He was standing in front of me with a hand on either shoulder; he was smiling as he knew so well how to smile. I turned on my heel, planted my elbows on the chimney-piece, and my burning head between my hands. Next instant a still heartier hand had fallen on my back.
“All right, my boy! You are quite right and I’m worse than wrong. I’ll never ask it again. Go, if you want to, and come again about mid-day for the cash. There was no bargain; but, of course, I’ll get you out of your scrape–especially after the way you’ve stood by me to-night.”
I was round again with my blood on fire.
“I’ll do it again,” I said, through my teeth.
He shook his head. “Not you,” he said, smiling quite good-humoredly on my insane enthusiasm.
“I will,” I cried with an oath. “I’ll lend you a hand as often as you like! What does it matter now? I’ve been in it once. I’ll be in it again. I’ve gone to the devil anyhow. I can’t go back, and wouldn’t if I could. Nothing matters another rap! When you want me, I’m your man!”
(The crime was actually safe-cracking, in case you’re wondering.)
Incidentally, many people think Raffles was based on George Ives, a distinguished cricketer and early gay rights campaigner, though it’s not clear if EW Hornung knew Ives was homosexual, or if he intended Raffles and Bunny’s relationship to be wildly homoerotic, or what. I merely observe that they’re holding hands in this 1909 illustration.
Anyway. All this begs for queering, and who am I to resist. I wrote an Edwardian pulp novel, Think of England, a proper Edwardian tale of a country house, a dastardly plot, and a suspiciously effete foreign-looking decadent poet. Archie Curtis, our officer hero, is as classic an Edwardian pulp hero as I could make him: decent, well-born, loyal, serving King and country, and completely oblivious to what may seem screamingly obvious to both the reader and the effete poet. Oblivious for a while, at least.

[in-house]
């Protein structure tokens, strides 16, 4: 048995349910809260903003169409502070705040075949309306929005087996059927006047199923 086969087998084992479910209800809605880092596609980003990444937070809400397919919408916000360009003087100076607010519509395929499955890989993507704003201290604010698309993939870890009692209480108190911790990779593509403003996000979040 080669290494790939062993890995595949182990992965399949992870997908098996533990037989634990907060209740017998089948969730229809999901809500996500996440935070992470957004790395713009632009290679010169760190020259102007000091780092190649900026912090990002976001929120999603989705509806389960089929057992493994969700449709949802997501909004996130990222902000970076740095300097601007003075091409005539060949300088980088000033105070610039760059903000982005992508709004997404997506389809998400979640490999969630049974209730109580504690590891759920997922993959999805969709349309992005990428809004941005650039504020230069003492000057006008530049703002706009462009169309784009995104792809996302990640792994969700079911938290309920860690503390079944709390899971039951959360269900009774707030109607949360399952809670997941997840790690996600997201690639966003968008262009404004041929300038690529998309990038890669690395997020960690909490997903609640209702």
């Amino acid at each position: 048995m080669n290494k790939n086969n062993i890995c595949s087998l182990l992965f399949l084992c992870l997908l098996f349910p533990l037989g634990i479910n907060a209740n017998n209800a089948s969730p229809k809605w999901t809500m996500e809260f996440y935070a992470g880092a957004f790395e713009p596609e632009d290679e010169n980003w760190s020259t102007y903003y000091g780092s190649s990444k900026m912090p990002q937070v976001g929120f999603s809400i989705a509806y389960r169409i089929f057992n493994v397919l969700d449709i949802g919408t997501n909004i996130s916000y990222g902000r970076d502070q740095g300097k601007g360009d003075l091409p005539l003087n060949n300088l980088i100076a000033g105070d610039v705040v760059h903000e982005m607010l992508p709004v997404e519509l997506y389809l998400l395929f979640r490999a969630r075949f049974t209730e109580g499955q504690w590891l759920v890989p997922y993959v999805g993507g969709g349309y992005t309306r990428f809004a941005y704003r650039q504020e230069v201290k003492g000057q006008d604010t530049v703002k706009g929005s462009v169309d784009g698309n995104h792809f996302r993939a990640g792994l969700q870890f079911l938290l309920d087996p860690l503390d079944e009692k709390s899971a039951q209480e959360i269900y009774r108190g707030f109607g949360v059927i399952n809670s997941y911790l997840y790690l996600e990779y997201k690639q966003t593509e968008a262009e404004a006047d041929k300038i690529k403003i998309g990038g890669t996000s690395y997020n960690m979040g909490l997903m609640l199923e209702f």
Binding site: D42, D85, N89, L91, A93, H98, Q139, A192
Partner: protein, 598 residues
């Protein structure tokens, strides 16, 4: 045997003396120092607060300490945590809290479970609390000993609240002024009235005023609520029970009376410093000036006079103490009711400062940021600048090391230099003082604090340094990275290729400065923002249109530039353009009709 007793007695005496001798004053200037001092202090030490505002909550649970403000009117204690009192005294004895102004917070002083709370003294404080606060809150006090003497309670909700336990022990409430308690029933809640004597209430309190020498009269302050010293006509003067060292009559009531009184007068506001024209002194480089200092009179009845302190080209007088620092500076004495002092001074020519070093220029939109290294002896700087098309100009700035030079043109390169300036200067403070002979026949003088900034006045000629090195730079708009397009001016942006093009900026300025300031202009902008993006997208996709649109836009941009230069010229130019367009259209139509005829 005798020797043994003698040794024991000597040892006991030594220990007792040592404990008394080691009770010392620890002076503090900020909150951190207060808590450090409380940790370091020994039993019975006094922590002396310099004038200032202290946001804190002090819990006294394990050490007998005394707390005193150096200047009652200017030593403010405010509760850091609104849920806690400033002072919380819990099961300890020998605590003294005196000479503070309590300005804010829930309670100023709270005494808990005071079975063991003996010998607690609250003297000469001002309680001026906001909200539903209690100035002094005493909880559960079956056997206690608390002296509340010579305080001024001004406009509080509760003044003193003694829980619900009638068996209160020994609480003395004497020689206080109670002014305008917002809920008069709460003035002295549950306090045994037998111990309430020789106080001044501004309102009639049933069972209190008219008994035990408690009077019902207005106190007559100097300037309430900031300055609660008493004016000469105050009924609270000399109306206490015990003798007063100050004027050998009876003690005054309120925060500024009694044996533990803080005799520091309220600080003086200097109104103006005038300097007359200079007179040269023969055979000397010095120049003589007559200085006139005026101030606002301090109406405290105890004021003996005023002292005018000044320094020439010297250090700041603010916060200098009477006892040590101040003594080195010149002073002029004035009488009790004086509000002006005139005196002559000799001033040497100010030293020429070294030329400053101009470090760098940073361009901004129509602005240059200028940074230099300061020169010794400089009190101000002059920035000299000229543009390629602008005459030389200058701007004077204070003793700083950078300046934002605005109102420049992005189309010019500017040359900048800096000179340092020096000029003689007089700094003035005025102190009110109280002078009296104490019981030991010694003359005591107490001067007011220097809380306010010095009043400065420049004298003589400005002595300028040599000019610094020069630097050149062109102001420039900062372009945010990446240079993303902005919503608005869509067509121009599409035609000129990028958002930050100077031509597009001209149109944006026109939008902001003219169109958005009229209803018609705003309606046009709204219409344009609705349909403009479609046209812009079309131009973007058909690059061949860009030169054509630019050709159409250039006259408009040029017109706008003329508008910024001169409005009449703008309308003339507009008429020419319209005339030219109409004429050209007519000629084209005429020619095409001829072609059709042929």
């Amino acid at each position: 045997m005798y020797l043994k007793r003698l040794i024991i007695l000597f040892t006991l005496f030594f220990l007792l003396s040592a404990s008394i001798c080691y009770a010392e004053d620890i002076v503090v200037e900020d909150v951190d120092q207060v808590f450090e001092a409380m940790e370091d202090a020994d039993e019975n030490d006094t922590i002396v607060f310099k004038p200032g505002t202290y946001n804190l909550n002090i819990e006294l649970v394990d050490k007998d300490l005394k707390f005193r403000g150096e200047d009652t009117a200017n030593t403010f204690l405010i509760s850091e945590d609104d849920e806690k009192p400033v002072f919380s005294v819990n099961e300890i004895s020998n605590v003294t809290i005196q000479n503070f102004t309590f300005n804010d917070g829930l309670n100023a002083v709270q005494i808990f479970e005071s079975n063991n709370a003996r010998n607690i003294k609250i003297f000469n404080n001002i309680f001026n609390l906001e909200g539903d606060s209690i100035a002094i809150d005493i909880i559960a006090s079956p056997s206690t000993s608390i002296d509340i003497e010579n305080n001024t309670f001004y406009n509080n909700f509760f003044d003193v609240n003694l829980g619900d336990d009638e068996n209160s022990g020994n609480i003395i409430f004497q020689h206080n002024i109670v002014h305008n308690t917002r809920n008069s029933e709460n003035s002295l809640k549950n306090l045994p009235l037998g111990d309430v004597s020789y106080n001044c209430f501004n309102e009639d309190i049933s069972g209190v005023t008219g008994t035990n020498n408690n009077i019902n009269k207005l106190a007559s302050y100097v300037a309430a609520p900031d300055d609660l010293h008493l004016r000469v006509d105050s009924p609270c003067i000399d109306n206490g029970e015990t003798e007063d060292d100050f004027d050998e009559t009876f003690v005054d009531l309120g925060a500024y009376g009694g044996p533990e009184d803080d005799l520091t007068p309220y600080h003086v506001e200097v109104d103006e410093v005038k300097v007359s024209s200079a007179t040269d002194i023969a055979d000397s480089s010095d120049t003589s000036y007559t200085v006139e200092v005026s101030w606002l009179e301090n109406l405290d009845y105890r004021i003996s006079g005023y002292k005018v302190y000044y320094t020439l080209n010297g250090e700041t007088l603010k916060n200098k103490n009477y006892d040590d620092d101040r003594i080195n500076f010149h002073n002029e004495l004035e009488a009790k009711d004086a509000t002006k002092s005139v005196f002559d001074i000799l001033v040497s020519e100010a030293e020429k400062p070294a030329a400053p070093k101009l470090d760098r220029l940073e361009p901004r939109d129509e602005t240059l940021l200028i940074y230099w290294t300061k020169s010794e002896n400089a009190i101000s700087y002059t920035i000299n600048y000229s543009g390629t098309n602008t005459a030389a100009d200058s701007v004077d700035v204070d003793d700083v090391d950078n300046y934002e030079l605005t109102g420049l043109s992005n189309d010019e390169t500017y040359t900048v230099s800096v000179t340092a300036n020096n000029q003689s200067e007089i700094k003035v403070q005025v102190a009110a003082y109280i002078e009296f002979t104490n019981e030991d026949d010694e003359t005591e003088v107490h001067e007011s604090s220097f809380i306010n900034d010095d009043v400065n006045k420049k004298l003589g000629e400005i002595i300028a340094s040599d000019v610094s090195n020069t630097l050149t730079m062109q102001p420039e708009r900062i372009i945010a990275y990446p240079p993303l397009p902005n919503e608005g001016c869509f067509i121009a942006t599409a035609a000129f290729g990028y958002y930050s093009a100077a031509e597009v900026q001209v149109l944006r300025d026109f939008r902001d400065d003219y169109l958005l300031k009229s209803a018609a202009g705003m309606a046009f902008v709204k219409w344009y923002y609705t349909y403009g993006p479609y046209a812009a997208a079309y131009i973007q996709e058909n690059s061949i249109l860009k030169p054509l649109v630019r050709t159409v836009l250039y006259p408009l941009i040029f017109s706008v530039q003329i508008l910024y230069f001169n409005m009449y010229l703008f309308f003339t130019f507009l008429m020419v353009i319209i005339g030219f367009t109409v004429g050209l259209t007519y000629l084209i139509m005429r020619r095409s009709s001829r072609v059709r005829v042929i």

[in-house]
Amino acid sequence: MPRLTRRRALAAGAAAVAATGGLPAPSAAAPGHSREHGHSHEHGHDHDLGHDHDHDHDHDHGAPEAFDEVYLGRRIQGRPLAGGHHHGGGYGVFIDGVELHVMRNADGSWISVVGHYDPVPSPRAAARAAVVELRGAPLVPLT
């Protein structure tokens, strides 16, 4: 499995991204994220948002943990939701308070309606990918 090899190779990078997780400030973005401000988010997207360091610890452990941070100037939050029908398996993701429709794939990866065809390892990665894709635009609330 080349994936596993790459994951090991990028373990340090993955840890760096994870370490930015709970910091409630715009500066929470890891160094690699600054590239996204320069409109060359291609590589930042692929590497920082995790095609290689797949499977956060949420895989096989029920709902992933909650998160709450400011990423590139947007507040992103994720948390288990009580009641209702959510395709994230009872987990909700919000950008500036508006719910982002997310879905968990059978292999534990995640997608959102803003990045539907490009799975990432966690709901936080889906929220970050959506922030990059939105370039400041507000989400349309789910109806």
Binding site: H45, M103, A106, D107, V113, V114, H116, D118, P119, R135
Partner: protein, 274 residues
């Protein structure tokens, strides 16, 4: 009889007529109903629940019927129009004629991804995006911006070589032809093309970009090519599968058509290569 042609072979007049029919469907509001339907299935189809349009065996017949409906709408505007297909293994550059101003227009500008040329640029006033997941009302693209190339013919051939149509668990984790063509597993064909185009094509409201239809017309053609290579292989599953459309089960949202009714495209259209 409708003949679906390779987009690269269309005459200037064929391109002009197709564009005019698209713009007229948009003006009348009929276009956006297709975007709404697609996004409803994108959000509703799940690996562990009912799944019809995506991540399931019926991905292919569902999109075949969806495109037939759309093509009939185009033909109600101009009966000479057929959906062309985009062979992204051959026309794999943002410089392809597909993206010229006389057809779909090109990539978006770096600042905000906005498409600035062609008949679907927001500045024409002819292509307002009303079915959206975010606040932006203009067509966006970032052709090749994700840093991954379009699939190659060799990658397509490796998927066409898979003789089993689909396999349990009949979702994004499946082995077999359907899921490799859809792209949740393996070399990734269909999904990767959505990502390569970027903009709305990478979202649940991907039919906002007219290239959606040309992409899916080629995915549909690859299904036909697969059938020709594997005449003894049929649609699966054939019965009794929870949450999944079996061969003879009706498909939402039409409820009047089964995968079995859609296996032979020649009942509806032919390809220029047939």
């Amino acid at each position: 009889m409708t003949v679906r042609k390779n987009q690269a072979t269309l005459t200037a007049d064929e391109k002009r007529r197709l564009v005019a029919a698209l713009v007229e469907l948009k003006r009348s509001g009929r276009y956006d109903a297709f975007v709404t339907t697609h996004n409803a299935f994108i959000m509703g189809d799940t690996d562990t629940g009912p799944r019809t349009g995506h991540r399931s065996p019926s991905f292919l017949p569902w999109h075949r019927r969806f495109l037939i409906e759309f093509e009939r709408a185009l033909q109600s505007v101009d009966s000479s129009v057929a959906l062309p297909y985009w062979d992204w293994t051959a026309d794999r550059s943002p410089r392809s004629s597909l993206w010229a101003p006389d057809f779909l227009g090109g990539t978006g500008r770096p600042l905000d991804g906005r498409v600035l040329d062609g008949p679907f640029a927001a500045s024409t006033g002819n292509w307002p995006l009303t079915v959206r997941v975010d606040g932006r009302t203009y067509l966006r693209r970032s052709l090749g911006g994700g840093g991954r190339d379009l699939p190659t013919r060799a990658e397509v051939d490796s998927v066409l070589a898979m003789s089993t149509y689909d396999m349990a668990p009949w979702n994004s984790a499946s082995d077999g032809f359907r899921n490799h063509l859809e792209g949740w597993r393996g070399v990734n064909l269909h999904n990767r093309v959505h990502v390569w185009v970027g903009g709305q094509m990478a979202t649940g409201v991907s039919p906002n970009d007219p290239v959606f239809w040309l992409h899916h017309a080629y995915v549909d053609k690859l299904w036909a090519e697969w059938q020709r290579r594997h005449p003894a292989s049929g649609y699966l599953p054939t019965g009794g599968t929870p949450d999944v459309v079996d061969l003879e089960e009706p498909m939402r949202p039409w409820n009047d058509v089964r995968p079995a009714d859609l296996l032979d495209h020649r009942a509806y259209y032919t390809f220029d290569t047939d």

And my new book is a take on the Holmes and Watson dynamic. The Secret Casebook of Simon Feximal features an occult detective and his sidekick/room-mate/narrator, a journalist who writes up the hero’s adventures and mysteries for publication. In this case, of course, he’s writing up the secret story: the one that they’ve been hiding from the unsuspecting Victorian/Edwardian public for twenty years…
I had a lot of fun romancing the pulp fiction I love; I hope it’s as much fun to read.
A story too secret, too terrifying—and too shockingly intimate—for Victorian eyes.
A note to the Editor
I have been Simon Feximal’s companion, assistant and chronicler for twenty years now, and during that time my Casebooks of Feximal the Ghost-Hunter have spread the reputation of this most accomplished of ghost-hunters far and wide.
You have asked me often for the tale of our first meeting, and how my association with Feximal came about. I have always declined, because it is a story too private to be truthfully recounted, and a memory too precious to be falsified. But none knows better than I that stories must be told.
So here is it, Henry, a full and accurate account of how I met Simon Feximal, which I shall leave with my solicitor to pass to you after my death.
I dare say it may not be quite what you expect.